First he attacked the welfare issue, with The Personal Responsibility and Work Opportunity Reconciliation Act. It fulfilled Clinton’s promise to “end welfare as we know it,” and the punishing effects it set in motion have yet to abate. Since the end of the Clinton Administration, poverty in the U.S. has nearly doubled: “...the number of Americans living in high-poverty areas rose to 13.8 million in 2013 from 7.2 million in 2000, with African-Americans and Latinos driving most of the gains.”
To show how tough on crime he could be, Clinton next guided The Violent Crime Control and Law Enforcement Act of 1994 through Congress. A flurry of prison construction quickly followed, an industry of private for-profit prisons blossomed, 100,000 new police officers took to the streets, harsh mandatory sentences were prescribed.
When Clinton took office in 1993 the prison population in the U.S. was roughly 855,000. When he left office eight years later it exceeded 2 million. Today it is about 2.25 million, and 4.7 million more citizens are on parole or probation. So our total “Correctional Population” is nearly seven million citizens. Most of them are black, and minor drug offenses are by far the most common. (Terminology and figures from the Bureau of Justice Statistics.)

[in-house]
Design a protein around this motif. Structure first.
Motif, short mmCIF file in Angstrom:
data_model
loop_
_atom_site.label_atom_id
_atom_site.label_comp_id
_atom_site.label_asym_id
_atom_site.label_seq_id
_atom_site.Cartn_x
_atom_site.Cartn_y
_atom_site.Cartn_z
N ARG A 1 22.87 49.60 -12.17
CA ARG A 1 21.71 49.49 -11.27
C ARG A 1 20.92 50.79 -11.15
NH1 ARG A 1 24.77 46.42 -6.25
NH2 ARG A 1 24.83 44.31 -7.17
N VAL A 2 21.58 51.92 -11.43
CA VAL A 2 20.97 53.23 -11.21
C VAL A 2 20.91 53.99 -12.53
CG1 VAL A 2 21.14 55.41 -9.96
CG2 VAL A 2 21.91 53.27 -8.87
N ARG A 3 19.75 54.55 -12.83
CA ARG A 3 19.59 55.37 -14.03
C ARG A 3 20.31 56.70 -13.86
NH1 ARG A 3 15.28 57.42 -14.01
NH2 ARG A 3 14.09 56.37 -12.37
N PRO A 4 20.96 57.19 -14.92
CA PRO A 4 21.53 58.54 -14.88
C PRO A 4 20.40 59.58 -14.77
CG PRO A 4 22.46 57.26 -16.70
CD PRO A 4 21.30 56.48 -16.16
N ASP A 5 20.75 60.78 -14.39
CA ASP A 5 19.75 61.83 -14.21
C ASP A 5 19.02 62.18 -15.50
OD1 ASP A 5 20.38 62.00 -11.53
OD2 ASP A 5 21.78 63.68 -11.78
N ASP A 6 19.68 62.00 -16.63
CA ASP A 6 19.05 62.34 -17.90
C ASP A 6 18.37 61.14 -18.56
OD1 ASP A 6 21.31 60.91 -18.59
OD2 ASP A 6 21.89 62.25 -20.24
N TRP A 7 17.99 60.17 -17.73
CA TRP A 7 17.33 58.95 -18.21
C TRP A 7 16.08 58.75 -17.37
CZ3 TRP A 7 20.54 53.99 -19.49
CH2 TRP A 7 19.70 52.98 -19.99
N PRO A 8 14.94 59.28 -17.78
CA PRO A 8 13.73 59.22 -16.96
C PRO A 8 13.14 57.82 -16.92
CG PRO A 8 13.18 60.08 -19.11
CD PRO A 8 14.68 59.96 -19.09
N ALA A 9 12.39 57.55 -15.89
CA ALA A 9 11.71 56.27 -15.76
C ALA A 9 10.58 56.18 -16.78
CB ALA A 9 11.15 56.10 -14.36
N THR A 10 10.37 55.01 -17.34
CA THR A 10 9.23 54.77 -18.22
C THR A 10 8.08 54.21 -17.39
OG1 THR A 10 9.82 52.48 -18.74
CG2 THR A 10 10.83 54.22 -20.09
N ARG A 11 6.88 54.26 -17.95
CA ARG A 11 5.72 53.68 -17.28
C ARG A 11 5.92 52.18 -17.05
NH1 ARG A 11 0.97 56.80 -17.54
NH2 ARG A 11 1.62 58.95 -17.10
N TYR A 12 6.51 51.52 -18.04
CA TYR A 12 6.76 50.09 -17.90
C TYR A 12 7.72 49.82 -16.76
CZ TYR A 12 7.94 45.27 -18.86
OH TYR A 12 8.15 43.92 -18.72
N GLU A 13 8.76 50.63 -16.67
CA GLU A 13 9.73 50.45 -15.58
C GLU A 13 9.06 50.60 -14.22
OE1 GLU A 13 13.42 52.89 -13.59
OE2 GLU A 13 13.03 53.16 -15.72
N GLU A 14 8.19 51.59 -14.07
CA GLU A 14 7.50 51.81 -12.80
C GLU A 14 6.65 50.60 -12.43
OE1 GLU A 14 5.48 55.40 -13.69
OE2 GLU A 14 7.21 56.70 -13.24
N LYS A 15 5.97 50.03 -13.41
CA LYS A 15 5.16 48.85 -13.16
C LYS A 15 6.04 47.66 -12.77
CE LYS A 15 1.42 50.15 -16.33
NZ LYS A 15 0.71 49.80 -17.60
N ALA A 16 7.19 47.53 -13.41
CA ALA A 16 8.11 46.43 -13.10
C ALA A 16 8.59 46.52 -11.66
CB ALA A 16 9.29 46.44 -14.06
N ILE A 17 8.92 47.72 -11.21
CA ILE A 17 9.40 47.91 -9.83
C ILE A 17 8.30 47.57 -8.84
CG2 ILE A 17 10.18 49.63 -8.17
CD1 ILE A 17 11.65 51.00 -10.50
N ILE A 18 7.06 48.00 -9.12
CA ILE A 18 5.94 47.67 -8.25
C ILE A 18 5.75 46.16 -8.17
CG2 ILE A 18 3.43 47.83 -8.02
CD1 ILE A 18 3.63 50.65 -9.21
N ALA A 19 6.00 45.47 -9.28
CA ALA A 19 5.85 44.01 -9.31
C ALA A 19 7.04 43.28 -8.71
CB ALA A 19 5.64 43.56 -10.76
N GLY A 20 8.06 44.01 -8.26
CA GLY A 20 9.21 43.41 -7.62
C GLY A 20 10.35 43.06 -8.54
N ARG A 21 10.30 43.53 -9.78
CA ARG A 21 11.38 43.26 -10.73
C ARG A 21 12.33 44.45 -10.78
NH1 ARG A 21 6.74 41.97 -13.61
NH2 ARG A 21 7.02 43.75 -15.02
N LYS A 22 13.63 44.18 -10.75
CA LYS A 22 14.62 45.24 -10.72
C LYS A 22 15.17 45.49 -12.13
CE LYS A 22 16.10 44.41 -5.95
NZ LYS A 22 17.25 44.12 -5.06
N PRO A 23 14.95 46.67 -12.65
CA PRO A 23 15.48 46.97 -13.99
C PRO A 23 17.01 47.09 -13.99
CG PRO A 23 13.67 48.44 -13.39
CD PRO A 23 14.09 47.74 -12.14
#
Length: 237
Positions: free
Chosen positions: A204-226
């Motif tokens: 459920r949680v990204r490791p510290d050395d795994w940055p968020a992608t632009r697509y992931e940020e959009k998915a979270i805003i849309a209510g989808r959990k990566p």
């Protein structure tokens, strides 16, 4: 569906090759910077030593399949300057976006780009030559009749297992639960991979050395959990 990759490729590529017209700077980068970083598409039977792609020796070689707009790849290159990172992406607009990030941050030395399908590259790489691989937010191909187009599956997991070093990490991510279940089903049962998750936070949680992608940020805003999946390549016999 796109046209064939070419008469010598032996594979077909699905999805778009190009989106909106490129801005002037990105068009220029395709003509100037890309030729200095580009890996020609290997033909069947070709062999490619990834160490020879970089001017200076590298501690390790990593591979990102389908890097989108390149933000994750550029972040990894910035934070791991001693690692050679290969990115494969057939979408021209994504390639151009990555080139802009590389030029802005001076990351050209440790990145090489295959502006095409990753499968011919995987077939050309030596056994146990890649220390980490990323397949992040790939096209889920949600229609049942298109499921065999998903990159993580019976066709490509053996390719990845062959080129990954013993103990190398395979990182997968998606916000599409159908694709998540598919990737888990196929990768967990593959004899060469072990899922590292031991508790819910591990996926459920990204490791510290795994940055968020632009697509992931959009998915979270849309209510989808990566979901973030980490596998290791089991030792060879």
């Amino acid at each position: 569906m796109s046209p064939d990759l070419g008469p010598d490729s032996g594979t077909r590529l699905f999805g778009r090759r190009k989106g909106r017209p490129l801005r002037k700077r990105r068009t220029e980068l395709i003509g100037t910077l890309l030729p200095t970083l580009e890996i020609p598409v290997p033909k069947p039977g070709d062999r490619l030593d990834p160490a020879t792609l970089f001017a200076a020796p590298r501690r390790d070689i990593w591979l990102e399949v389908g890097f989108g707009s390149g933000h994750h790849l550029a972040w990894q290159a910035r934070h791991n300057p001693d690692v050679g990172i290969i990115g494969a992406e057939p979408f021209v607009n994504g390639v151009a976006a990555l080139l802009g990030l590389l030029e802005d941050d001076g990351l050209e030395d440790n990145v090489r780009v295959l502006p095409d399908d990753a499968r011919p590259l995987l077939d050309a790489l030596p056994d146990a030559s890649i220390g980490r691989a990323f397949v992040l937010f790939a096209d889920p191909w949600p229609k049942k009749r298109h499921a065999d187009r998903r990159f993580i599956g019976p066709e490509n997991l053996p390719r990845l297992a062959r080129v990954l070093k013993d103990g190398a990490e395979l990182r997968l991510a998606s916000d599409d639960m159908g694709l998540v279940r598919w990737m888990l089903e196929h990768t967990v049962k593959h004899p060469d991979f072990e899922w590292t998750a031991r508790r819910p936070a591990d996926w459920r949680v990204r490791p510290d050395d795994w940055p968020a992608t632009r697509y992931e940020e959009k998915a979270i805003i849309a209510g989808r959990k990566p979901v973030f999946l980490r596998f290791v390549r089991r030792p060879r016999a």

The welfare and crime laws were passed with Hillary’s support and lobbying efforts. She displayed her enthusiasm indelibly, with her infamous remarks about the “super-predators” and “bringing them to heel.”
In 1996 the Clintons’ romance with Wall Street continued. With $28.37 million from the New York banks supporting his campaign, President Clinton was easily reelected.
The Wall Street benefactors would be nicely rewarded.
The President brought in Mr. Robert Rubin from Goldman Sachs to serve as Treasury Secretary. Mr. Rubin shepherded two laws through Congress, first the Financial Services Modernization Act which repealed the Glass-Steagal legislation of 1933. This allowed the Wall Street banks to buy sub-prime mortgages with savers’ deposits and package them into derivatives called “mortgage-backed securities.” or MBO’s. Next came the Commodity Futures Modernization Act, allowing the banks to sell the MBO’s around the world, without limit, restriction, or regulation, at immense profit. In the frenzy of greed the laws encouraged, fraud was rampant and other laws openly violated.